Microbes may be tiny, but that doesn’t stop some of them from causing major destruction. Even supervillains like Lex Luthor or Doctor Doom were never able to pull off as much devastation as the bugs that cause bubonic plague or malaria. Comic book supervillains come with a backstory, but what is it that turns some microbes into monsters? Until recently, all scientists could do was make educated guesses.
It turns out it’s hard to find a good opportunity to study harmful, contagious diseases. It’s just not safe. One option is to study an epidemic that doesn’t affect humans—but then it’s hard to track the disease, since animals don’t check into hospitals. Fortunately, some scientists have an extensive network of dedicated citizen scientists to help them.
That’s how one team of researchers was able to study a highly virulent disease in House Finches. Their recent paper in PLOS Biology sheds light on what makes some disease-causing microbes, or pathogens, more harmful than others.
In February of 1994, Project FeederWatch participants in the Washington, D.C., area began reporting that House Finches at their feeders had swollen, red, crusty eyes. Lab tests revealed that the birds had Mycoplasma gallisepticum, a pathogenic bacterium that causes a form of conjunctivitis known as House Finch eye disease. The disease spread rapidly across the Eastern Seaboard, leaving House Finches listless, mostly blind, and vulnerable to predators and bad weather. (Where did the disease come from? See Jumping the Species Barrier.)
“At that time, there was a big panic that this disease would spread to migratory birds that would go to South America, and then all the birds there would get eye infections,” says André Dhondt, who is director of Bird Population Studies at the Cornell Lab and an author of the study.
Dhondt and his colleagues realized that if they were to have any chance of preventing such a disaster, they needed to learn more about this microbial menace. So they called upon their network of FeederWatchers and created a new citizen-science project called the House Finch Disease Survey entirely devoted to tracking the disease. (The survey has now merged with FeederWatch—participants are urged to take a second look for symptoms in any House Finches at their feeders.)
Using both citizen-science data and laboratory experiments that tested virulence levels, researchers found patterns they didn’t expect. They saw that the disease had become less virulent as the birds carried the disease westward and into areas with sparser finch populations. But after it became established on the West Coast, where human and House Finch populations are denser, the disease rapidly became more harmful again—just like it had in the East. The pattern was in direct conflict with a long-standing hypothesis that a pathogen would tend to decrease in virulence over time, in order to avoid killing its host before it could be transmitted.
But to understand what drives the evolution of virulence, you have to look at things from the perspective of the bacteria, says Dhondt. “If I’m a bacterium, what do I need to do in order to be successful? If I become too virulent and kill my host before I transmit, that’s not good. But if I don’t make my host sufficiently sick, I won’t be transmitted, and that’s not good either.” That’s the idea behind the newer “trade-off” hypothesis of virulence that was developed in the 1980s and 1990s, but has remained largely untested until now. In contrast to the earlier hypothesis, this one posits that virulence may increase or decrease over time in response to conditions that affect transmission.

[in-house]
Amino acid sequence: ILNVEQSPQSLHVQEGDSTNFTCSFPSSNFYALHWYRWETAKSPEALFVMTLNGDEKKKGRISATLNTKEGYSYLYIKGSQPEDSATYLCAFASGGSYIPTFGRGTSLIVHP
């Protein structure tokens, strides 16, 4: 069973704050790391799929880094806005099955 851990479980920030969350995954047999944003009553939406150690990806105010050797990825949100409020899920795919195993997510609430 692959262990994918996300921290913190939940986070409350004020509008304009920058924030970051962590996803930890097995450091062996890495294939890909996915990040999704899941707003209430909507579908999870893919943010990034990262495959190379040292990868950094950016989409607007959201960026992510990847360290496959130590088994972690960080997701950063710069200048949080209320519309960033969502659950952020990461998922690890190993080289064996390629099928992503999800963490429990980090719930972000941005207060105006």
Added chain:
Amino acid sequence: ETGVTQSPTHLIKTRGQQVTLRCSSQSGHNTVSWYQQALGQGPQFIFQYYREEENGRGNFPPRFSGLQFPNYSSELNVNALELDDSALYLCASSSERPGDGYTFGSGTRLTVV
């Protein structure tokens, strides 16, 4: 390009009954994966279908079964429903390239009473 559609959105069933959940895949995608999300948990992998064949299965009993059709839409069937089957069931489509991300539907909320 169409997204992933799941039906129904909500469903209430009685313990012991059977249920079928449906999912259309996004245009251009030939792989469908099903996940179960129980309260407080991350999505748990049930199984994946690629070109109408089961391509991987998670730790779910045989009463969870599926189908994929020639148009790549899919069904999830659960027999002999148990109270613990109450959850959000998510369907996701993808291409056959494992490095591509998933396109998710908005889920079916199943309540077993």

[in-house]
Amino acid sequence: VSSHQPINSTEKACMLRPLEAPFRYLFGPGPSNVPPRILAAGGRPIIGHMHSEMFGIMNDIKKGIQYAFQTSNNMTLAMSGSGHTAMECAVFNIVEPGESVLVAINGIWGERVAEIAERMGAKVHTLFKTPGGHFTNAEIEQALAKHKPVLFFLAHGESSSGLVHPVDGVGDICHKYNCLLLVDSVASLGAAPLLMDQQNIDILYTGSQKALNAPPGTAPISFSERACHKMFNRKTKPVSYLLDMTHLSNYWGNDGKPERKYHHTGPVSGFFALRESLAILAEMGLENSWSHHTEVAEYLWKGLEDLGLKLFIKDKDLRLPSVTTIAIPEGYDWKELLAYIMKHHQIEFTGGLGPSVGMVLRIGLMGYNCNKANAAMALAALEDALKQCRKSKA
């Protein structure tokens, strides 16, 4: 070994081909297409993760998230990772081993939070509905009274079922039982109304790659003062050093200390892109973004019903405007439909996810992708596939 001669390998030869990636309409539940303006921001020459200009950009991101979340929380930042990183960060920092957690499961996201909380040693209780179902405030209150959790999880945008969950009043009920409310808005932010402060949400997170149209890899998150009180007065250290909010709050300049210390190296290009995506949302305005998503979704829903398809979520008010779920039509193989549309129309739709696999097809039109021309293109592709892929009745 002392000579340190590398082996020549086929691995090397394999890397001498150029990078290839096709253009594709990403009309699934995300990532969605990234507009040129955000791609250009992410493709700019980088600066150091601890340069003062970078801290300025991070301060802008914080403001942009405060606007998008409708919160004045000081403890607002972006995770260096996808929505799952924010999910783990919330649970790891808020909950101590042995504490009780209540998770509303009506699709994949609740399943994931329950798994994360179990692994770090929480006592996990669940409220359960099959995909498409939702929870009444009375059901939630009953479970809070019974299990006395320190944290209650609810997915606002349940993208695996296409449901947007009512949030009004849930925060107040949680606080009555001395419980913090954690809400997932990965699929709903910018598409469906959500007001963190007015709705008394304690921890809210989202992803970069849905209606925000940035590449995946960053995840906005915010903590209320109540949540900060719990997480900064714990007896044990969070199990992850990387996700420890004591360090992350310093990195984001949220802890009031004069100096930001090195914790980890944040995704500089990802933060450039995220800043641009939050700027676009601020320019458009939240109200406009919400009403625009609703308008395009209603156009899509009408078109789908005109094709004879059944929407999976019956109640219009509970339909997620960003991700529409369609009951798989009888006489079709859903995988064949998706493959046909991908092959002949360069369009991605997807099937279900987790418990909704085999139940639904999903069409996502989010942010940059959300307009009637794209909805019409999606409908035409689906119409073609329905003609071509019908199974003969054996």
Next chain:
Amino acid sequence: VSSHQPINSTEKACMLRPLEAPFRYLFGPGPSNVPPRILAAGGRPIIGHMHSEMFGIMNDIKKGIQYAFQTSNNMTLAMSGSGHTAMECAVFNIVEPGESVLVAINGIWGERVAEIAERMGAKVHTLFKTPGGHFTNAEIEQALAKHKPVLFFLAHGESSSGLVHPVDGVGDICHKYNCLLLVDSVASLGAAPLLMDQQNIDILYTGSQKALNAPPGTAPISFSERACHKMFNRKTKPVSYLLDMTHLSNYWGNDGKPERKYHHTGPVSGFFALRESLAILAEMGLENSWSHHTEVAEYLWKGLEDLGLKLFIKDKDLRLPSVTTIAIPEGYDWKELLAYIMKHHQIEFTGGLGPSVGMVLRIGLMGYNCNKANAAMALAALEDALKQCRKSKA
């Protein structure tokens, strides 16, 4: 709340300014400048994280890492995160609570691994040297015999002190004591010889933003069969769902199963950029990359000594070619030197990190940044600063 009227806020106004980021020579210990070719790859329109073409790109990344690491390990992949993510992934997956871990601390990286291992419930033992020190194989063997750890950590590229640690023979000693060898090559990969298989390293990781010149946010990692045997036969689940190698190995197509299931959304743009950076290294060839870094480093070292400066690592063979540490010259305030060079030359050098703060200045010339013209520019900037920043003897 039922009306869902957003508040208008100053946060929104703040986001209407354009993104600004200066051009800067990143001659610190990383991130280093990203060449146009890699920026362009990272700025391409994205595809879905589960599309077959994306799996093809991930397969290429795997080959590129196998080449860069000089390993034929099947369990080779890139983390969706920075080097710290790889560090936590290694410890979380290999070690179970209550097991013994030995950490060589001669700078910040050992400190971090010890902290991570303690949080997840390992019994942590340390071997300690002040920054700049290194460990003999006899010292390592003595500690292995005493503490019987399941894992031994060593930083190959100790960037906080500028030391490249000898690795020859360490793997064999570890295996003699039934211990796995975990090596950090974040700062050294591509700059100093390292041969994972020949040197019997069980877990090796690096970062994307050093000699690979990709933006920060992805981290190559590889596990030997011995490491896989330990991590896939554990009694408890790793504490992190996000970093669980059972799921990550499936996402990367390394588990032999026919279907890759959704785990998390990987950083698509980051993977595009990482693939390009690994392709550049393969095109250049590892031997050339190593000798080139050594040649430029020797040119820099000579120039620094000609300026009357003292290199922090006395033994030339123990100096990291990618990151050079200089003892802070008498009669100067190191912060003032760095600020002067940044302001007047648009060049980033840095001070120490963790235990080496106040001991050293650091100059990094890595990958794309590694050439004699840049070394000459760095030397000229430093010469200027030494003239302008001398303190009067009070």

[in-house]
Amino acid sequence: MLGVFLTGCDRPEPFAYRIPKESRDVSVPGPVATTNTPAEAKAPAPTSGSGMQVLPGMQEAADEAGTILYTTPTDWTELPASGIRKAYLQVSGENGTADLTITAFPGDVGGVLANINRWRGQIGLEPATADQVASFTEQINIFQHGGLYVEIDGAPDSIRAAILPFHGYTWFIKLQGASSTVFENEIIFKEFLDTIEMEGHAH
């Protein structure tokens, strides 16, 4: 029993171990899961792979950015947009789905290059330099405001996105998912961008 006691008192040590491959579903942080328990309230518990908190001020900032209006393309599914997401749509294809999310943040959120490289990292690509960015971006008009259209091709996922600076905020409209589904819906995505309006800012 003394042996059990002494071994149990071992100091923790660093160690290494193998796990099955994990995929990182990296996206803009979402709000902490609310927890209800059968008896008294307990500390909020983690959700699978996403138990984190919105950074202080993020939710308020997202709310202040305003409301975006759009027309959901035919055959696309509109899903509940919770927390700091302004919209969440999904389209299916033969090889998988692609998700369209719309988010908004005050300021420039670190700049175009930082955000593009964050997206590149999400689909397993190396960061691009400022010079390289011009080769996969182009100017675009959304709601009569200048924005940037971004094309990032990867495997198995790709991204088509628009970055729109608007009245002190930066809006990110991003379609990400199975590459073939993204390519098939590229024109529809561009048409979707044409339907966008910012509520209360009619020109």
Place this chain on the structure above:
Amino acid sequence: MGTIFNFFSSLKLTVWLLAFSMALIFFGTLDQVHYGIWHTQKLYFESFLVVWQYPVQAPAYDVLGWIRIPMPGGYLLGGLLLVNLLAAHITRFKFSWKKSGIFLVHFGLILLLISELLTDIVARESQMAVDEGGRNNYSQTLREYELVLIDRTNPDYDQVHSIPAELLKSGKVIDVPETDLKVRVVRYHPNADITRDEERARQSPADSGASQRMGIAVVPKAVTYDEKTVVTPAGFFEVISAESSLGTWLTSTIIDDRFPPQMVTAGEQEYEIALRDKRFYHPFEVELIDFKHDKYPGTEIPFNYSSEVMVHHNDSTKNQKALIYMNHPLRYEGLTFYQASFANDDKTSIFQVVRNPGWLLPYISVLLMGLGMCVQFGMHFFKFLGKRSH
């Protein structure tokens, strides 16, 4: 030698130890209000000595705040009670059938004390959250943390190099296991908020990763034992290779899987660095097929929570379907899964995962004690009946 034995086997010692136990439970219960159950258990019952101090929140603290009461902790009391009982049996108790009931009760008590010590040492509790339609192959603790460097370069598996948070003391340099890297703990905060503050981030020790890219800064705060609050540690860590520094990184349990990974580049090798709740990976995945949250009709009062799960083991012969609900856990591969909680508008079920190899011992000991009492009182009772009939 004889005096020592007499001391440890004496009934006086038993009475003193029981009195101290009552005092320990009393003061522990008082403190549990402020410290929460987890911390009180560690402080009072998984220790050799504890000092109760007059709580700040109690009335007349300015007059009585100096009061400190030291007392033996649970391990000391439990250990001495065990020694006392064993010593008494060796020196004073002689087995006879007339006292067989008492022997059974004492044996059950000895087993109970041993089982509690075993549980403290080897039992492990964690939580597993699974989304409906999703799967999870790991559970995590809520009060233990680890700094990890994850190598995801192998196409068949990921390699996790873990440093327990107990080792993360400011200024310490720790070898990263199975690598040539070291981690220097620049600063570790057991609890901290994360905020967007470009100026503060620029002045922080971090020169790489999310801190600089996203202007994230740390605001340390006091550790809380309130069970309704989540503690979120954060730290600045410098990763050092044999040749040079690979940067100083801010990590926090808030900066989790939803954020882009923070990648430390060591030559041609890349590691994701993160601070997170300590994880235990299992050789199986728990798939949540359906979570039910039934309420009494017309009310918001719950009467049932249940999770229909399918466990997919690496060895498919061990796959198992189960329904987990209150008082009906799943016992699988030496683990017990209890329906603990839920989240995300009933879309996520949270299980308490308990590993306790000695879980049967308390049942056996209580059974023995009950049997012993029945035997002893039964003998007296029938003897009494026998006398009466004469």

In other words, it’s not that pathogens are truly evil or bent on destruction of their hosts. “Any harm that a pathogen does to its host is basically a byproduct of the need to transmit,” says Dana Hawley of Virginia Tech, the study’s lead author. Virulence and transmission are inextricably linked for pathogens because both increase as the pathogen makes more copies of itself within its host.
The pattern in virulence levels observed in House Finches make sense in light of the trade-off hypothesis. In regions where the finches were more sparsely distributed, any given finch is less likely to come into contact with another finch. A very sick, weak finch is even less likely to come across another finch, because it won’t be moving around as much.
But in order for the pathogen to get transmitted, the sick finch must come into contact with another potential host. As a result, in sparse populations only pathogens with lower virulence get transmitted. In evolutionary terms, sparse host populations select for lower virulence. The inverse of this is true as well, as shown by the fact that the bacteria became more virulent not only initially in the East, but once again in the denser populations of the West Coast.
House Finch eye disease ended up killing off half of all House Finches in eastern North America, a testament to the destructive power of epidemics. A true understanding of how pathogens like M. gallisepticum come to be such powerful forces is crucial to preventing future epidemics among humans. This new research is a major step toward achieving such an understanding, and citizen-science data was a key part of the solution. If citizen scientists can help us combat some of the world’s most powerful villains, one has to ask: What else are they capable of?
In addition to Hawley and Dhondt, the authors of this study include Erik Osnas and Andrew Dobson of Princeton, Wesley Hochachka of the Cornell Lab, and David Ley of North Carolina State University.
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